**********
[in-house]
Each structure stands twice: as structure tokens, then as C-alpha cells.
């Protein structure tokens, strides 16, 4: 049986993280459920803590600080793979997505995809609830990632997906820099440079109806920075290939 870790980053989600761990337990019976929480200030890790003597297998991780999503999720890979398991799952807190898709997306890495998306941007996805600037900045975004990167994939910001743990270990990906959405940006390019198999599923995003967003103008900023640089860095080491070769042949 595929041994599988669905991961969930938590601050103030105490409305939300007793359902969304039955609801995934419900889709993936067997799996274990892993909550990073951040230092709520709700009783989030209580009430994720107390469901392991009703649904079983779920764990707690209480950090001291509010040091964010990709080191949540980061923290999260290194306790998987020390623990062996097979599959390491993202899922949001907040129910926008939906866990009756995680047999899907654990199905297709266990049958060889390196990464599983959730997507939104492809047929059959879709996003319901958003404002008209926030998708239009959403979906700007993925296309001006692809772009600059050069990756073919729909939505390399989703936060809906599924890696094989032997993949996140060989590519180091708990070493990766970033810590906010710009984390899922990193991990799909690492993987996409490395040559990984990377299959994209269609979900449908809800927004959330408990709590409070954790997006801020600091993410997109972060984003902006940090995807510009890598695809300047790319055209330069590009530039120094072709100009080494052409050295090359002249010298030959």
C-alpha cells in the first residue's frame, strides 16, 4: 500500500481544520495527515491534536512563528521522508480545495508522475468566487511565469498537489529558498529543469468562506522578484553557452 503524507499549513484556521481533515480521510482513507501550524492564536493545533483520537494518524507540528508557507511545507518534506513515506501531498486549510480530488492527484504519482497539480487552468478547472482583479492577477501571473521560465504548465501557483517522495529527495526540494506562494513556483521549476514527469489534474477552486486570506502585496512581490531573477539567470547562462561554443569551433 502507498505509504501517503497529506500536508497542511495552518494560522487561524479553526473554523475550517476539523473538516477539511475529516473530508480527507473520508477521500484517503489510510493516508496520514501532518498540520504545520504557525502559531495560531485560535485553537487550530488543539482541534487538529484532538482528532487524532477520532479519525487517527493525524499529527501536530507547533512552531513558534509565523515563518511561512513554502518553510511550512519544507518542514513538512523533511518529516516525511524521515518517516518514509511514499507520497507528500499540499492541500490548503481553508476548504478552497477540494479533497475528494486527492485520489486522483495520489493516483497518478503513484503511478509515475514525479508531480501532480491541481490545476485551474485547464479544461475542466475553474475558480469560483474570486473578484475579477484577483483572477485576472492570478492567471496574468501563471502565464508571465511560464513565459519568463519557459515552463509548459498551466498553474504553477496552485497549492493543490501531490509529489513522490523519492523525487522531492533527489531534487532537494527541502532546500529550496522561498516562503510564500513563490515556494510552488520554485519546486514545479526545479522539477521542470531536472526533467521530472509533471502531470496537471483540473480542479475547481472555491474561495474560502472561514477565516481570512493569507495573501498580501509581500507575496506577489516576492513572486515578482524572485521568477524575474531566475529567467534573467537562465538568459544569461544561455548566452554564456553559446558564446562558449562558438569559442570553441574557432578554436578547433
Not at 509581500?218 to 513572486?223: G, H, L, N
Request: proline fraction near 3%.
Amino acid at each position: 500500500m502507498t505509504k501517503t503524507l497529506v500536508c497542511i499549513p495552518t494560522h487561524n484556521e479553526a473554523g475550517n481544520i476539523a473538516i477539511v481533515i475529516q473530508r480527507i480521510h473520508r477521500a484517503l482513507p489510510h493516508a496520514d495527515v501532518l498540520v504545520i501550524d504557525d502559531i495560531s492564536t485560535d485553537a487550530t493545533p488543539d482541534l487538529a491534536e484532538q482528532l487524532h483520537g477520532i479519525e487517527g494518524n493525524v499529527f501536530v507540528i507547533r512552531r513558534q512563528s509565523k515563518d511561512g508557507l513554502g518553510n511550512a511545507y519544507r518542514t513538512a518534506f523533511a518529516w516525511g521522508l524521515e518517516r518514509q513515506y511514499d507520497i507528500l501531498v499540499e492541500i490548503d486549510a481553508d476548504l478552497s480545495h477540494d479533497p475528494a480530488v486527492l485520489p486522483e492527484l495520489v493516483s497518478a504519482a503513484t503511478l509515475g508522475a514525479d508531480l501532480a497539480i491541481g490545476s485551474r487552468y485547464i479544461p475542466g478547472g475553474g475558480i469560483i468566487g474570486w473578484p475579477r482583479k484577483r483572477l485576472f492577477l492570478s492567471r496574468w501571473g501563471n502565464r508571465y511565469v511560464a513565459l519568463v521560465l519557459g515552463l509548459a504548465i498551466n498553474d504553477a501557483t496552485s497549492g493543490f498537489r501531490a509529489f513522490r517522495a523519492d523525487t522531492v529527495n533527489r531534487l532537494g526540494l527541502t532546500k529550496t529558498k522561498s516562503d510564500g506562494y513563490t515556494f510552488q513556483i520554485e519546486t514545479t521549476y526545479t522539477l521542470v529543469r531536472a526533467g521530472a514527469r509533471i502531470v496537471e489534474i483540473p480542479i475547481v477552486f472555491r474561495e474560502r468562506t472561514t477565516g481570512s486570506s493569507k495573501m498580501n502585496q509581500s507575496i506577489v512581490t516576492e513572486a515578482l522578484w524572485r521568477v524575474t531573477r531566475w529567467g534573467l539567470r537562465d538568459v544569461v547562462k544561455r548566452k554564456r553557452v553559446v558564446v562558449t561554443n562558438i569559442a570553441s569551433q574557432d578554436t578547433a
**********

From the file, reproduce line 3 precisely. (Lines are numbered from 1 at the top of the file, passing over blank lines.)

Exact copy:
């Protein structure tokens, strides 16, 4: 049986993280459920803590600080793979997505995809609830990632997906820099440079109806920075290939 870790980053989600761990337990019976929480200030890790003597297998991780999503999720890979398991799952807190898709997306890495998306941007996805600037900045975004990167994939910001743990270990990906959405940006390019198999599923995003967003103008900023640089860095080491070769042949 595929041994599988669905991961969930938590601050103030105490409305939300007793359902969304039955609801995934419900889709993936067997799996274990892993909550990073951040230092709520709700009783989030209580009430994720107390469901392991009703649904079983779920764990707690209480950090001291509010040091964010990709080191949540980061923290999260290194306790998987020390623990062996097979599959390491993202899922949001907040129910926008939906866990009756995680047999899907654990199905297709266990049958060889390196990464599983959730997507939104492809047929059959879709996003319901958003404002008209926030998708239009959403979906700007993925296309001006692809772009600059050069990756073919729909939505390399989703936060809906599924890696094989032997993949996140060989590519180091708990070493990766970033810590906010710009984390899922990193991990799909690492993987996409490395040559990984990377299959994209269609979900449908809800927004959330408990709590409070954790997006801020600091993410997109972060984003902006940090995807510009890598695809300047790319055209330069590009530039120094072709100009080494052409050295090359002249010298030959």